Marine Harvest Raises Bid for Cermaq After Negotiations Fail

Marine Harvest ASA (MHG), the world’s biggest salmon farmer, raised its takover bid for Norwegian fish-food maker Cermaq ASA (CEQ) and said it abandoned an even larger offer after talks between the companies failed to reach an agreement.

Marine Harvest offered 8.6 shares and 53.25 kroner in cash for each Cermaq share, or 107 kroner apiece based on yesterday’s closing price, according to a statement today. The offer, which values Cermaq at 9.9 billion kroner ($1.7 billion) is conditional on getting acceptances from at least 50 percent of shareholders, the company said. It already owns 5.4 percent.

The company, controlled by billionaire John Fredriksen, said it scrapped a plan to boost its original offer by more than 8 kroner a share and raise the portion settled in shares after it failed to receive support for such an offer from Cermaq’s board. The Norwegian government owns 43.5 percent of Cermaq.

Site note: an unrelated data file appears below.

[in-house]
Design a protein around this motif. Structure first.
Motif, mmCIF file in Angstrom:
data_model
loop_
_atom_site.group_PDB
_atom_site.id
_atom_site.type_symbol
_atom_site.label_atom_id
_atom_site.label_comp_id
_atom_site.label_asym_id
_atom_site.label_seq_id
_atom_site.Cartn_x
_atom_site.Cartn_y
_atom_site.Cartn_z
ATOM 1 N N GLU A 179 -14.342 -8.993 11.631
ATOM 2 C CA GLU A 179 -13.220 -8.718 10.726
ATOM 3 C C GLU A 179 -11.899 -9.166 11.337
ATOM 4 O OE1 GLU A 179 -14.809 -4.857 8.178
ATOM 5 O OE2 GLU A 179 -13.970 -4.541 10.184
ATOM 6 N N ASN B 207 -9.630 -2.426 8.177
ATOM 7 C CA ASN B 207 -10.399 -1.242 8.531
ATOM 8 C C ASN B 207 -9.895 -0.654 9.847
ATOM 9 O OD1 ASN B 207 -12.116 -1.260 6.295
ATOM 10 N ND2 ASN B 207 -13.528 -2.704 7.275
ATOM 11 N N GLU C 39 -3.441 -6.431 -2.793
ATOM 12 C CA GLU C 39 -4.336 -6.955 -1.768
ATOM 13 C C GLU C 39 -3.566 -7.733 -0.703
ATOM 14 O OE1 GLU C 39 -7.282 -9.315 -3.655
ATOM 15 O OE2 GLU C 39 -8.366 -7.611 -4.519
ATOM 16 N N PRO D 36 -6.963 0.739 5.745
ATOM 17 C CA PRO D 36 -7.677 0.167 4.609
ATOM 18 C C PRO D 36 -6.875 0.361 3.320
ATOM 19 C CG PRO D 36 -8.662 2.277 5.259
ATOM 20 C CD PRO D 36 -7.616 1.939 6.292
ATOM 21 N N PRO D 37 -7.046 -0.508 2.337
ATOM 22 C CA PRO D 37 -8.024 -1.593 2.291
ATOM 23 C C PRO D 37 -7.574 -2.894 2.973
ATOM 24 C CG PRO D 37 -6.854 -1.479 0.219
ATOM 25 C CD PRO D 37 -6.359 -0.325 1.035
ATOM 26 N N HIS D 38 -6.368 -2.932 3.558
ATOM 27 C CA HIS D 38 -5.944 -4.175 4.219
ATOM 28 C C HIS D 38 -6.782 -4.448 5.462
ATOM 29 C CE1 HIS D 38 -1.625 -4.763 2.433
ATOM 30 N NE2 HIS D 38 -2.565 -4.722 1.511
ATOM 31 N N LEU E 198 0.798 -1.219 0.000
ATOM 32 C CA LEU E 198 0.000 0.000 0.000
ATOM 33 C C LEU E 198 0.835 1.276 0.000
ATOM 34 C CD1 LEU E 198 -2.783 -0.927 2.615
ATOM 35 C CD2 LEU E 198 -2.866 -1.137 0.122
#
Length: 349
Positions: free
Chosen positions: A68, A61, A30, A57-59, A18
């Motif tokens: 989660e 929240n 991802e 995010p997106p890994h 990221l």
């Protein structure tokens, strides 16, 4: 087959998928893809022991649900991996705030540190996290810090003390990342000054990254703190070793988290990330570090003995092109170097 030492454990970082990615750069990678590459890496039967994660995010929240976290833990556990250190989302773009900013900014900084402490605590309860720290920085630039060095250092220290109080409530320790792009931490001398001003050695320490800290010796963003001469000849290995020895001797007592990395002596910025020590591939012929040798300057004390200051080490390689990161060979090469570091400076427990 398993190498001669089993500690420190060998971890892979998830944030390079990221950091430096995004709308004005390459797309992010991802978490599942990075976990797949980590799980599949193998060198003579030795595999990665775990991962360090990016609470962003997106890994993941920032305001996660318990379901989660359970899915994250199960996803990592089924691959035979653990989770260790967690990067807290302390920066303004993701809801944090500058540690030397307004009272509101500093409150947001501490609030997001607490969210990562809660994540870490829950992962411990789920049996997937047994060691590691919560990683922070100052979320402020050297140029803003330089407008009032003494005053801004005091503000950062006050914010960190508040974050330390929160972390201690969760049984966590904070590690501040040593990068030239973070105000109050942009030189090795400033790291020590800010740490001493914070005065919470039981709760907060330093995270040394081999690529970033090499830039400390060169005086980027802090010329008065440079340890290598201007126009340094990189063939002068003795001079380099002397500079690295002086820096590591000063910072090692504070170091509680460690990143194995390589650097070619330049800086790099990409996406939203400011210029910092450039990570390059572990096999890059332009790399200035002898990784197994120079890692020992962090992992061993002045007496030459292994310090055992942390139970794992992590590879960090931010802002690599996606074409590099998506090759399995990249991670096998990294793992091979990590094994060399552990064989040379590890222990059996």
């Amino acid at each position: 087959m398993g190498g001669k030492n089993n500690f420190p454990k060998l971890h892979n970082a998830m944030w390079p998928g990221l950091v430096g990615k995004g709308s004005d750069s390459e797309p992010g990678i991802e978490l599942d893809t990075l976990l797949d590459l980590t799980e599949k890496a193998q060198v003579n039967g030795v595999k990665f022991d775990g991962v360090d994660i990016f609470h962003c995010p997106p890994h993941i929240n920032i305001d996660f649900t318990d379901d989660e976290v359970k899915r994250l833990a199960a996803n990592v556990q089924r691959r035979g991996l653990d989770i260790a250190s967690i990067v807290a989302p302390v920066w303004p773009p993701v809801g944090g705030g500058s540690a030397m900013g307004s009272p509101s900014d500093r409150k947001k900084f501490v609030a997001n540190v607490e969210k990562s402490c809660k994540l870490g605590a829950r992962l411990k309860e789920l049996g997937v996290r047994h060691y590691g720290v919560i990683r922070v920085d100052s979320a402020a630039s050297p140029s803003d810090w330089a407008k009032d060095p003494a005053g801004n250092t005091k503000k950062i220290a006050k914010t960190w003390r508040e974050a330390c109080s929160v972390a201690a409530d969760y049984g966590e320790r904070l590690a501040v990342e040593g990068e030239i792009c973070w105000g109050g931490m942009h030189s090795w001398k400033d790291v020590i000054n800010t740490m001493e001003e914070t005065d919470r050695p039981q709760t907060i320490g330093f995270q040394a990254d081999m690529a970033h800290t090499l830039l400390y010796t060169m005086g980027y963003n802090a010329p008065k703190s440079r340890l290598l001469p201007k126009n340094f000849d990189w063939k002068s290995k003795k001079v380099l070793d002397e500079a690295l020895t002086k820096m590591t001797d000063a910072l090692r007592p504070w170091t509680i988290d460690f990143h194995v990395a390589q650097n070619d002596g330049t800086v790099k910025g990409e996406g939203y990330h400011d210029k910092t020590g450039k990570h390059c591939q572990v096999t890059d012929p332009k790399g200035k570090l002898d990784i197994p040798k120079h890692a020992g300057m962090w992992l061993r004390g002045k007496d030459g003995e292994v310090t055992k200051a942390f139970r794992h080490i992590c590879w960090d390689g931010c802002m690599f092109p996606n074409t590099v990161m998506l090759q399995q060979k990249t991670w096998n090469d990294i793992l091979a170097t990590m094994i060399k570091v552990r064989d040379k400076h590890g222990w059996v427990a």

Marine Harvest, which is seeking to expand its fish feed operations, originally offered 105 kroner a share, including a 1 krone dividend. Cermaq makes feed and also operates salmon farms in Chile, Canada and Norway. The bid was conditional on Cermaq canceling a 3.5 billion-krone takeover of Copeinca ASA. (COP) That takeover was rejected at shareholders meeting last week.

Cermaq fell as much as 3.1 percent to 108 kroner after the offer, and traded at 109 kroner as of 9:23 a.m. in Oslo. Marine Harvest shares were down 1 percent at 6.185 kroner.

“In regard to the board’s evaluation of the voluntary offer now to be launched by Marine Harvest, the board is maintaining its conclusion that such offer significantly undervalues Cermaq,” Cermaq said in a separate statement.

To contact the reporter on this story: Stephen Treloar in Oslo at +47-22-00-8211 or streloar1@bloomberg.net

To contact the editor responsible for this story: Christian Wienberg at +45-33-457-121 or cwienberg@bloomberg.net

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